Nestled in taste buds scattered about the surface of the tongue, special receptor cells interpret chemical stimuli as sweet, salty, bitter, sour, and umami. From there, signals are sent to sensory neurons and into the brain through cranial nerves (Breslin and Spector, 2008). Spicy foods are detected a bit differently than other tastes, since these signals involve pain receptors (Immke and Gavva, 2006). But, recent neuroscience research has been determined that these signals still activate the gustatory cortex, so they count as a legitimate tastes (Rudenga et al., 2010)! Therefore, it seems that French cuisine is indeed missing an entire taste sensation, and it happens to be the one that is my favorite.

Taste bud (Image from

Now that we’ve legitimized these piquant flavor sensations, let’s dive deeper into the neuroscience behind them.

While scientists still don’t understand exactly how taste perception works, it is clear that capsaicin (the chemical responsible for the spicy qualities of many of my favorite foods) actually results in unique brain responses. Unlike the other tastes, spicy sensations are often accompanied by the release of endorphins (explaining how they can be perceived as pleasurable) and activation of the autonomic nervous system. This unconscious system of bodily regulation is responsible for the perspiration, higher body temperature, and a faster heart rate associated with “hot” foods (McCorry, 2007).

In a 2015 study entitled “The Brain Mechanisms Underlying the Perception of the Pungent Taste of Capsaicin and the Subsequent Autonomic Responses,” Kawakami et al. (2015) investigated how these bodily responses happen after someone eats spicy food. The authors knew that the gustatory cortex (consisting of the middle and posterior short gyri, or M/PSG, of the insular cortex) must somehow be in communication with the brain area controlling autonomic system responses (the anterior gyrus of the insular cortex, or ASG). But, it wasn’t clear how this communication was happening.

In order to test this, the researchers administered three different taste solutions (spicy, salty, and neutral) to twenty human study participants. As the subjects tasted the solutions, the researchers took a look at their brain activity.
The method they used to analyze brain activity is called functional magnetic resonance imaging (fMRI). This produces high-resolution images of the brain while it is in action. Blood oxygenation level-dependent (BOLD) signals show where oxygenated blood is being used, indicating which regions are using up the most resources (Logothetis, 2003).

The ASG and M/PSG (Image from Frontiers in Human Neuroscience journal, Kawakami et al., 2015)

After performing this test, the researchers compared the brain images from the subjects. Their main findings were that there was coordination between the activity of the M/PSG and the ASG when people eat spicy foods. This could mean that these two brain areas are syncing up in order to produce symptoms like sweating and a quickened heartbeat after spicy food is consumed. Moreover, these results support the findings of another study done with mice, which concluded that cells in the ASG and M/PSG synchronize their activity patterns when capsaicin is tasted (Saito et al., 2012).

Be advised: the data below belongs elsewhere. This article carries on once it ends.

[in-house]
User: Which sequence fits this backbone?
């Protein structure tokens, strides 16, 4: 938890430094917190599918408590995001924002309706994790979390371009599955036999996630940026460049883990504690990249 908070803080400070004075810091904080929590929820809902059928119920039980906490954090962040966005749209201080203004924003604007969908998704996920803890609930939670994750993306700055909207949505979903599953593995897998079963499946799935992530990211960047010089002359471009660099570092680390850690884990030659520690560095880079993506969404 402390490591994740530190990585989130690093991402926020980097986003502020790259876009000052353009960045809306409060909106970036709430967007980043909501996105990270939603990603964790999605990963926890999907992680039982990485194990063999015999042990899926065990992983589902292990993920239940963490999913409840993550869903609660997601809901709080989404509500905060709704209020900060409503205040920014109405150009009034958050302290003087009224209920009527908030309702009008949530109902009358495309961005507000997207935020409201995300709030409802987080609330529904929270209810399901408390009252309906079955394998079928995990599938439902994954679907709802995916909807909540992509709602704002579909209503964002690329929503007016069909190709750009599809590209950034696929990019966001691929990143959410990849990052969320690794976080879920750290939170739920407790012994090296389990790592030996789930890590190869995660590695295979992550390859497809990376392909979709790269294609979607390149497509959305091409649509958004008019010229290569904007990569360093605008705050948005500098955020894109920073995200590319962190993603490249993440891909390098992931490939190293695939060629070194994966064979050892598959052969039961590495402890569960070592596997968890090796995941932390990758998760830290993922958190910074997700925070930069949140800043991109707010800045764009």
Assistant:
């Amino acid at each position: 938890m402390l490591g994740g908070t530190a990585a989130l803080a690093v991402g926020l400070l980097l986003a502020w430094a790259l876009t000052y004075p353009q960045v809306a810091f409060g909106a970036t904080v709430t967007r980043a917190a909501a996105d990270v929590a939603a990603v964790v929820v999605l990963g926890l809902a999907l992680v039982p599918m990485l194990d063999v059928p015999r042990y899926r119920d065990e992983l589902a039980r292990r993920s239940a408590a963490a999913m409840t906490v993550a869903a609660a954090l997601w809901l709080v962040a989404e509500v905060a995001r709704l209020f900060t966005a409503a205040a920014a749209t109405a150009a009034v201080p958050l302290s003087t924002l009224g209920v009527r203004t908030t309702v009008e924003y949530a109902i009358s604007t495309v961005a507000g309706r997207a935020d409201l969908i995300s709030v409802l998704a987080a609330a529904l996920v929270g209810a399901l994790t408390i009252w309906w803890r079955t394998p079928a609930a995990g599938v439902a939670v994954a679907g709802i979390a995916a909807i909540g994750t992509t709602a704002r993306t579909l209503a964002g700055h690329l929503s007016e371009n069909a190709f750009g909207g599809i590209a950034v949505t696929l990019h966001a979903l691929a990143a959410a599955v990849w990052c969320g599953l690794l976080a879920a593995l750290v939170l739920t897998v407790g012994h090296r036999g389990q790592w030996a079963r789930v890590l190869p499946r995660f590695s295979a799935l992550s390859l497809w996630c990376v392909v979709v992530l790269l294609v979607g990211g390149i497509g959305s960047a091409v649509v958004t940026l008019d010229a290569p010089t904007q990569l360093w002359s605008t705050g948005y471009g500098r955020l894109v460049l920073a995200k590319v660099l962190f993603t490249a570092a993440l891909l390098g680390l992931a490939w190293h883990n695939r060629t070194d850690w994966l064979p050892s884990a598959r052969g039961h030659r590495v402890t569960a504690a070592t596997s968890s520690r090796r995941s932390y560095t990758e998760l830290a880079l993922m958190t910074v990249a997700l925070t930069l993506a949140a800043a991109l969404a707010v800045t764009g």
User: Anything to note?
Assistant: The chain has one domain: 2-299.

Kawakami et al. (2015) also found that the ASG was even more active than the M/PSG in response to capsaicin. Not only that, but both brain regions were significantly more active in response to capsaicin compared to the other solutions!

In sum, this study and previous work has helped to explain how the brain registers the taste of “hot” foods in the gustatory cortex and coordinates it with autonomic nervous system activation. However, the researchers only tested three taste sensations, and clearly, there is still much to be discovered about how the neuroscience behind gustation. Future work will likely take a closer look at the connection between the ASG and the M/PSG, possibly providing more insight into why some people (like me) find these mildly painful sensations more enjoyable than others.

   Baguettes are a staple in the                   Parisian diet (“Bag It” by Very Quiet is licensed under CC BY-SA 2.0)

In the meantime, perhaps knowing that eating spicy foods more fully engages the brain will inspire the French to literally “spice up” their diets and rethink that bland baguette, or at least offer more options in their grocery stores. That would make this hot sauce-lover very happy, and it would add a whole new dimension to French cuisine!



Breslin, P.A., Spector, A.C. (2008). Mammalian taste perception. Current Biology. 18:R148-155. doi: 10.1016/j.cub.2007.12.017.

Immke, D.C., Gavva, N.R. (2006). The TRPV1 receptor and nociception. Seminars in Cell and Developmental Biology. 17:852-591. doi: 10.1016/j.semcdb.2006.09.004.